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Leveraged growth: Working smarter, not harder!

Updated on December 26, 2016

I've always felt that I don't have to be an originator - just a good duplicator.

- Max Cooper, owner of 47 Mc'donald's franchise.

In August of 1888, an Atlanta druggist by the name of Asa Candler paid 2,300$ in cash for the exclusive rights to a carbonated fountain drink called Coca-Cola.

Coca-Cola was an immediate success and by the turn of the century virtually every drug store in the south featured a soda fountain where a customer could sit down and sip a cold coke for 5 cents.

Then Candler made a monumental decision that would transform Coca-Cola from a small regional company into an international house hold name. Candler decided to bottle Coca-Cola, a unique form of leverage to save money and time.

Bottling! Just think for a moment about the power of this word. Before coke came in bottles, you had to go to the local soda fountain to order a coke. So coke sales could only grow as the number of soda fountain grew. Bottling changed all that, today anyone in the world can enjoy a refreshing drink of Coca-Cola in the convenience of their home, anytime of the day or night. All because of leverage.

What is leverage?

The root word of leverage- lever- comes from an old French word meaning "to make lighter". By wisely using certain levers or tools, difficult tasks can be performed in a lot less time with a lot less effort, thus making them "lighter". So, leverage increases productivity by maximising time, effort and money.

Leverage is used by almost everyone and most notably the corporates. Hiring employees is the most obvious way business owners leverage their time. If Henry Ford for example, had built the model T by himself, he could have pocketed 100% of the profits. But he knew he'd only be able to build a car or two each year working solo. So he leveraged his time and talents by teaching his employees to copycat his system. By doing this Ford built thousands of cars each year and became one of the richest men in history.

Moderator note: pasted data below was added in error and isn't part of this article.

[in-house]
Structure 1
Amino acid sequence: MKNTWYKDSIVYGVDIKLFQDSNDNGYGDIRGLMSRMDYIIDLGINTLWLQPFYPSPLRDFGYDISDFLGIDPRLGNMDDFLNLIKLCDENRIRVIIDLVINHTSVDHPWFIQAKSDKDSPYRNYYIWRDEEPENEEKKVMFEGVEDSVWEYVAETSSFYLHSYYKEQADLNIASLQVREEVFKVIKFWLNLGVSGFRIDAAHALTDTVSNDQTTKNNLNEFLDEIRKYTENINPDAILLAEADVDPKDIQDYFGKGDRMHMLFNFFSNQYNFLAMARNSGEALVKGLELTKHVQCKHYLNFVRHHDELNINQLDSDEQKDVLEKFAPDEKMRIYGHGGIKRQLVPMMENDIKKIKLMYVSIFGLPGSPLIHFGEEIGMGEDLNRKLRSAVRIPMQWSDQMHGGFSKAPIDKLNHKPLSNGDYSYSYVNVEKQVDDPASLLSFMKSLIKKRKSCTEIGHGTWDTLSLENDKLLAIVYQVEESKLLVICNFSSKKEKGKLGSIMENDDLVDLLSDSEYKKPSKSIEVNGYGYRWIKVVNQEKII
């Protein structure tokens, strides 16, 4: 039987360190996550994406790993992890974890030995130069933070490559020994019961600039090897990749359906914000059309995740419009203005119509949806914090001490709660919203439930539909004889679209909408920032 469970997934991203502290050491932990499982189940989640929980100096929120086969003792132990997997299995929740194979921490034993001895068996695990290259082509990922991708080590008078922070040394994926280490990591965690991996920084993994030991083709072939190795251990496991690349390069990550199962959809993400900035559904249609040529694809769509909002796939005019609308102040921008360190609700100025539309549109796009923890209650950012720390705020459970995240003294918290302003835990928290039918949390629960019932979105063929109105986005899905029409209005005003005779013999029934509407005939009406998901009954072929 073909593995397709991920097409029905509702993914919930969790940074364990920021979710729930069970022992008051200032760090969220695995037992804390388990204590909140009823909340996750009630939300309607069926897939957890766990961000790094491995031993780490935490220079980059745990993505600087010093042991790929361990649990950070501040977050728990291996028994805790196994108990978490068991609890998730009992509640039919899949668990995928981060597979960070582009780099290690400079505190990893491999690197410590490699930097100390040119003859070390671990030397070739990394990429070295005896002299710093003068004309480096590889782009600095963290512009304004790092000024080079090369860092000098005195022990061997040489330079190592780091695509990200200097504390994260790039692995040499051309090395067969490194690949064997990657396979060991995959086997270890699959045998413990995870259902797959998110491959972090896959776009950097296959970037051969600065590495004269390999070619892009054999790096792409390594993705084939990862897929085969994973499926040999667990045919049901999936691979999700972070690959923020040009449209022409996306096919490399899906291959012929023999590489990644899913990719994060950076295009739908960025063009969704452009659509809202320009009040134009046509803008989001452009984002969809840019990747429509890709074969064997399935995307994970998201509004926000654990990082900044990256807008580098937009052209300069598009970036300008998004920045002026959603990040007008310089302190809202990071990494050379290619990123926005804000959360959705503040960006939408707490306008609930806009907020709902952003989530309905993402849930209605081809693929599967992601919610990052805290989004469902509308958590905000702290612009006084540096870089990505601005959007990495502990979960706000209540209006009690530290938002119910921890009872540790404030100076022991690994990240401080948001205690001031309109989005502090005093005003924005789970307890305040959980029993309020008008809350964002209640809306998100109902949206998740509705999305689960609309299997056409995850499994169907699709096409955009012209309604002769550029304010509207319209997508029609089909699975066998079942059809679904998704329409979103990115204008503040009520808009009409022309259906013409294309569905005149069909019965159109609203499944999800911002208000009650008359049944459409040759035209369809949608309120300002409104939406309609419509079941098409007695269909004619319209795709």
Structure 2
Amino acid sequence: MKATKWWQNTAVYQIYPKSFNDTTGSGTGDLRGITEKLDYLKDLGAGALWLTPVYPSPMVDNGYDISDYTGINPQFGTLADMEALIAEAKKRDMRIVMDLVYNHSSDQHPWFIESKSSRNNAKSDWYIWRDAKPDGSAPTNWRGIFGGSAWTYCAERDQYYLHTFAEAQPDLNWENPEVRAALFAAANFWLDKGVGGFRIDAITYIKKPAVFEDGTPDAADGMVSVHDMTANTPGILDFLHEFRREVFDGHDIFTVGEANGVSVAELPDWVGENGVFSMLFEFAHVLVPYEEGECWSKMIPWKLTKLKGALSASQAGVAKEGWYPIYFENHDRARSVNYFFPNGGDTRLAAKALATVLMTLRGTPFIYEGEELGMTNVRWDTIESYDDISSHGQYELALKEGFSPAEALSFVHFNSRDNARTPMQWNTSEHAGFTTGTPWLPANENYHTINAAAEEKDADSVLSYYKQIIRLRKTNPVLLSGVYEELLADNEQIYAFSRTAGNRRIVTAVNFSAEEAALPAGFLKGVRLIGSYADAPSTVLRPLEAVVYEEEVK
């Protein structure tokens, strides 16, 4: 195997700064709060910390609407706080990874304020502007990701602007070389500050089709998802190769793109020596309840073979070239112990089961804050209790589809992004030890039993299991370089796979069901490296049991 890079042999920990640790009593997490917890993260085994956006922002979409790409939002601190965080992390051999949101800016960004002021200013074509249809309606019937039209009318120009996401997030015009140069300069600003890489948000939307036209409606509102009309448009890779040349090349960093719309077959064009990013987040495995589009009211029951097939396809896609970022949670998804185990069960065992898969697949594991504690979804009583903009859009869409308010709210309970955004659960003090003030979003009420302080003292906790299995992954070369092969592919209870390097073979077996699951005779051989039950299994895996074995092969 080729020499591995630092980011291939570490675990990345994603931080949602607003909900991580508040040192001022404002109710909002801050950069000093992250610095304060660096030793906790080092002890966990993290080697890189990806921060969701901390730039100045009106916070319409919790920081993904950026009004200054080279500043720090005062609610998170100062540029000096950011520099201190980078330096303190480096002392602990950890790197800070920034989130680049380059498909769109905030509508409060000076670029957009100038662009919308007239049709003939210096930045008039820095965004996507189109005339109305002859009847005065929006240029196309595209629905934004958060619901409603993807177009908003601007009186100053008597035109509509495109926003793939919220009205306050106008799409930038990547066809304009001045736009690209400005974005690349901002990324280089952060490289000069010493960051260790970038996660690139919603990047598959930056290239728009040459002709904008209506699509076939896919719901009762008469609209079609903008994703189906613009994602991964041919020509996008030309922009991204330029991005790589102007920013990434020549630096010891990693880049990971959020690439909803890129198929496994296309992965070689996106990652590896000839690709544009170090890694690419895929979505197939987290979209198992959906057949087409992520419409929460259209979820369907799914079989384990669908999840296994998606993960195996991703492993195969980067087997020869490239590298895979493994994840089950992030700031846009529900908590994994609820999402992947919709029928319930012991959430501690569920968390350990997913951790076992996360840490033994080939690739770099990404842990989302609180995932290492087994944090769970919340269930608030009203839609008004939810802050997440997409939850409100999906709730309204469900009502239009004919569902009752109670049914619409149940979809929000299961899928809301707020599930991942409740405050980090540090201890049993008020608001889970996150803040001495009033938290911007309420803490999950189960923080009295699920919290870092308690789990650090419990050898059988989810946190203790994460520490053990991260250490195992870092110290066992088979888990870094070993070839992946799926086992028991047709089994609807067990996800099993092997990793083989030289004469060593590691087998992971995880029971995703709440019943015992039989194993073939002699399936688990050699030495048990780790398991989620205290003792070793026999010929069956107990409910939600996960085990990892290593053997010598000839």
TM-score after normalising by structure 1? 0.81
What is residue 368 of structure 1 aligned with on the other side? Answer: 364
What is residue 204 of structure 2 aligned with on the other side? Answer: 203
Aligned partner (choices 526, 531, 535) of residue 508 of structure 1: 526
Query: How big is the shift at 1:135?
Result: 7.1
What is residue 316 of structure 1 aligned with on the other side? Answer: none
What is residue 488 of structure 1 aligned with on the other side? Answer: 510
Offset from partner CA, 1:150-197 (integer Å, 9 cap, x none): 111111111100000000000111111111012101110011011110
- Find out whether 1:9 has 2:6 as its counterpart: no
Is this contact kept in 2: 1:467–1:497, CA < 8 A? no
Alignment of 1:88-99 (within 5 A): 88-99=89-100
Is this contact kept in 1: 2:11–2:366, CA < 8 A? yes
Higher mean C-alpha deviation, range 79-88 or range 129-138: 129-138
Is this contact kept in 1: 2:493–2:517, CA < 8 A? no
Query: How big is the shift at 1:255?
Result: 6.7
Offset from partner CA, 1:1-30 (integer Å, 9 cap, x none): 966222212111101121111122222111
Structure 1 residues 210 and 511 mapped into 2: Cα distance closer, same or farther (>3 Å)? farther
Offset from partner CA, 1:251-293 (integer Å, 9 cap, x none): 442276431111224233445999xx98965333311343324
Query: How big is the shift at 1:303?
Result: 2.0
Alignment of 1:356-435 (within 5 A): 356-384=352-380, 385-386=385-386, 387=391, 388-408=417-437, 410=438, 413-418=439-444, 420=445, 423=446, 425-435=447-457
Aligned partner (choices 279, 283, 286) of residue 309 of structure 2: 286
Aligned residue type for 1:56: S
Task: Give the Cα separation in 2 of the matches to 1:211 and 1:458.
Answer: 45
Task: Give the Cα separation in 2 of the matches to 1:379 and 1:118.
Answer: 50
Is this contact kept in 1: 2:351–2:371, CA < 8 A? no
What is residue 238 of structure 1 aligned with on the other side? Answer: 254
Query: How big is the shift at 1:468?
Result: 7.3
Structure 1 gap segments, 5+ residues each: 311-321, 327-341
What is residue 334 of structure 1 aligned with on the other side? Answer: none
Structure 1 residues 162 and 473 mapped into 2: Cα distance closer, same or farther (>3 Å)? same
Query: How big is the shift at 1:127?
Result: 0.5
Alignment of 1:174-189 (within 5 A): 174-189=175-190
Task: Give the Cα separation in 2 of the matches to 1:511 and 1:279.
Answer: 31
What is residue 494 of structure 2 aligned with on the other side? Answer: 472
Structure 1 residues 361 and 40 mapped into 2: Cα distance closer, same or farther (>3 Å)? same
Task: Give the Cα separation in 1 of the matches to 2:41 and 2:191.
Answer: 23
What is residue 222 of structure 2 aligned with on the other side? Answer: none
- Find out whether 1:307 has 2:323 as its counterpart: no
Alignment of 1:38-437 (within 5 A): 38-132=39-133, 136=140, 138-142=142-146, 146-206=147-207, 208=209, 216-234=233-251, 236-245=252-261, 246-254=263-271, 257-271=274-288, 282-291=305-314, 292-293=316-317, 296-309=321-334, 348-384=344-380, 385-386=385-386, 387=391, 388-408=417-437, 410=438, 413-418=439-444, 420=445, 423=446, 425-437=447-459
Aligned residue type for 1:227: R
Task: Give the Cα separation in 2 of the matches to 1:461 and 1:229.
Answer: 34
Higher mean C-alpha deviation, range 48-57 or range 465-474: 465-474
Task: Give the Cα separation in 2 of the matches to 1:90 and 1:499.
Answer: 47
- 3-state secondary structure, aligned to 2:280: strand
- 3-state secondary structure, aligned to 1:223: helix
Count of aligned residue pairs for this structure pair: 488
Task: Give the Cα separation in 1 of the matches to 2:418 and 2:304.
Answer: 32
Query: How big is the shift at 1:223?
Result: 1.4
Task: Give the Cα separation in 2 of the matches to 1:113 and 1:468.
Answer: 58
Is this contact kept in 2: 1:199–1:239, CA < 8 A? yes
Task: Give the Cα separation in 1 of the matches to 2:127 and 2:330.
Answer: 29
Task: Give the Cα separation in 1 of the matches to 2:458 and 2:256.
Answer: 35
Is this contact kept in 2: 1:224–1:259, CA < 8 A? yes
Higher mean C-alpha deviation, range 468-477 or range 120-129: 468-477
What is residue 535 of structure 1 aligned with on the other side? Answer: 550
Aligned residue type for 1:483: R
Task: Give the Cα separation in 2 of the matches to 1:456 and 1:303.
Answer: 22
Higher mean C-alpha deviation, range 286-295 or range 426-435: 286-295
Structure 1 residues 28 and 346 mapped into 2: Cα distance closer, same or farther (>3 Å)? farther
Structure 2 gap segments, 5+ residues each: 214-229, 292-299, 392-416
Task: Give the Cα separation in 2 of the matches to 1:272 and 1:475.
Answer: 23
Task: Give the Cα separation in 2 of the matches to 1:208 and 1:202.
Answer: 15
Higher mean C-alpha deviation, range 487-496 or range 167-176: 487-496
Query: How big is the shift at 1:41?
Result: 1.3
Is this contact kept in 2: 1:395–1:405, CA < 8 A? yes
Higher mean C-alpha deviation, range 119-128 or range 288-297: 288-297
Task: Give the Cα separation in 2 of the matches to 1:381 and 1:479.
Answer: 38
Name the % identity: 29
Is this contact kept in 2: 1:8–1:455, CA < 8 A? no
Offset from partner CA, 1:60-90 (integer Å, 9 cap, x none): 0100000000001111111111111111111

Leverage through Franchising!

The best example of leverage through franchising is of Mc'donald's franchise. Ray Kroc the owner of M'donald's didn't invent franchising but he sure perfected it. Kroc understood that the key to a successful franchise was duplication. So he went about setting up a fool proof system that spelled out every detail of a successful franchise. So, when someone bought a Mc'donald's franchise, all they had to do was connect the dots. It was a copycatter's dream come true!

However, not everything is duplicatable. The reason the actor Tom Cruise can command 20 million $ a picture is because he's the essence of a star. In hollywood's terms he's bankable. You can't franchise the product "Tom Cruise", because he's not duplicatable. The average person can't copy what Tom Cruise does and expects the same results.

However, some products and businessess are easily duplicatable like Pizza from domino's, Pizza hut etc. A franchise doesn't have to be a rocket scientist. But he does have to be a great copycatter of a proven system.

The alternate Franchise.

The only draw back of franchising is the start up cost. You need millions to start your business. Suppose the start up cost was very less, say less than 500$ and took advantage of the powerful form of growth- exponential growth through compounding. You would have the ultimate copycat systm to create wealth. So you get paid 1,000 times for the work you do once, instead getting paid once for the work you do 1,000 times.

This is the power of Network marketing!


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